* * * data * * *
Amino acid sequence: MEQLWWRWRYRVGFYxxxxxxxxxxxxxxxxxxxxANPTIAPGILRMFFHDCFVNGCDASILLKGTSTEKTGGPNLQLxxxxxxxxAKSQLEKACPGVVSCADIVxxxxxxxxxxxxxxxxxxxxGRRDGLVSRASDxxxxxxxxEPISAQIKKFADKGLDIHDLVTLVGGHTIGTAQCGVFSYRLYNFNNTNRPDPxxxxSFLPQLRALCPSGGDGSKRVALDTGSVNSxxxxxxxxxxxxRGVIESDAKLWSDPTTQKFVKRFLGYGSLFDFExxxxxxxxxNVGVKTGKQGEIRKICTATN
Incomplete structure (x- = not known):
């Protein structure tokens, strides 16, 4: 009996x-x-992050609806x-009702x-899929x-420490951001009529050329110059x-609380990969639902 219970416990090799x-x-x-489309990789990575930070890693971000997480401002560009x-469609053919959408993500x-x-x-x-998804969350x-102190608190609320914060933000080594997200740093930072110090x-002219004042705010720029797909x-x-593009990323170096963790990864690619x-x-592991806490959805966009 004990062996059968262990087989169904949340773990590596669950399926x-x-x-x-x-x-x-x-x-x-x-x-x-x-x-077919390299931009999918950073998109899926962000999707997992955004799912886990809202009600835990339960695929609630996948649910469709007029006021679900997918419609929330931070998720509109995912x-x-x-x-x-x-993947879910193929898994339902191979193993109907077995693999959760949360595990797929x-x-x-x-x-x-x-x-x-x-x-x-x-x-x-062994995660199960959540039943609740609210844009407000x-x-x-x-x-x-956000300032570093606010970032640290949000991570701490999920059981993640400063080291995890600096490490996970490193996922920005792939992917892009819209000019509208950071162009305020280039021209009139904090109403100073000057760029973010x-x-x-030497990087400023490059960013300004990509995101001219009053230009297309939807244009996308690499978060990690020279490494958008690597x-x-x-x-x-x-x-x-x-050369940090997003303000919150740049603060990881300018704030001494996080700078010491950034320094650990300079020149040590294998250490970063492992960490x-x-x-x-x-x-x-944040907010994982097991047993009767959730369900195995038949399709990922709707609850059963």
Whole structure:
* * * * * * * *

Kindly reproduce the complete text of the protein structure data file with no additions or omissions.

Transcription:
Amino acid sequence: MEQLWWRWRYRVGFYxxxxxxxxxxxxxxxxxxxxANPTIAPGILRMFFHDCFVNGCDASILLKGTSTEKTGGPNLQLxxxxxxxxAKSQLEKACPGVVSCADIVxxxxxxxxxxxxxxxxxxxxGRRDGLVSRASDxxxxxxxxEPISAQIKKFADKGLDIHDLVTLVGGHTIGTAQCGVFSYRLYNFNNTNRPDPxxxxSFLPQLRALCPSGGDGSKRVALDTGSVNSxxxxxxxxxxxxRGVIESDAKLWSDPTTQKFVKRFLGYGSLFDFExxxxxxxxxNVGVKTGKQGEIRKICTATN
Incomplete structure (x- = not known):
């Protein structure tokens, strides 16, 4: 009996x-x-992050609806x-009702x-899929x-420490951001009529050329110059x-609380990969639902 219970416990090799x-x-x-489309990789990575930070890693971000997480401002560009x-469609053919959408993500x-x-x-x-998804969350x-102190608190609320914060933000080594997200740093930072110090x-002219004042705010720029797909x-x-593009990323170096963790990864690619x-x-592991806490959805966009 004990062996059968262990087989169904949340773990590596669950399926x-x-x-x-x-x-x-x-x-x-x-x-x-x-x-077919390299931009999918950073998109899926962000999707997992955004799912886990809202009600835990339960695929609630996948649910469709007029006021679900997918419609929330931070998720509109995912x-x-x-x-x-x-993947879910193929898994339902191979193993109907077995693999959760949360595990797929x-x-x-x-x-x-x-x-x-x-x-x-x-x-x-062994995660199960959540039943609740609210844009407000x-x-x-x-x-x-956000300032570093606010970032640290949000991570701490999920059981993640400063080291995890600096490490996970490193996922920005792939992917892009819209000019509208950071162009305020280039021209009139904090109403100073000057760029973010x-x-x-030497990087400023490059960013300004990509995101001219009053230009297309939807244009996308690499978060990690020279490494958008690597x-x-x-x-x-x-x-x-x-050369940090997003303000919150740049603060990881300018704030001494996080700078010491950034320094650990300079020149040590294998250490970063492992960490x-x-x-x-x-x-x-944040907010994982097991047993009767959730369900195995038949399709990922709707609850059963």
Whole structure: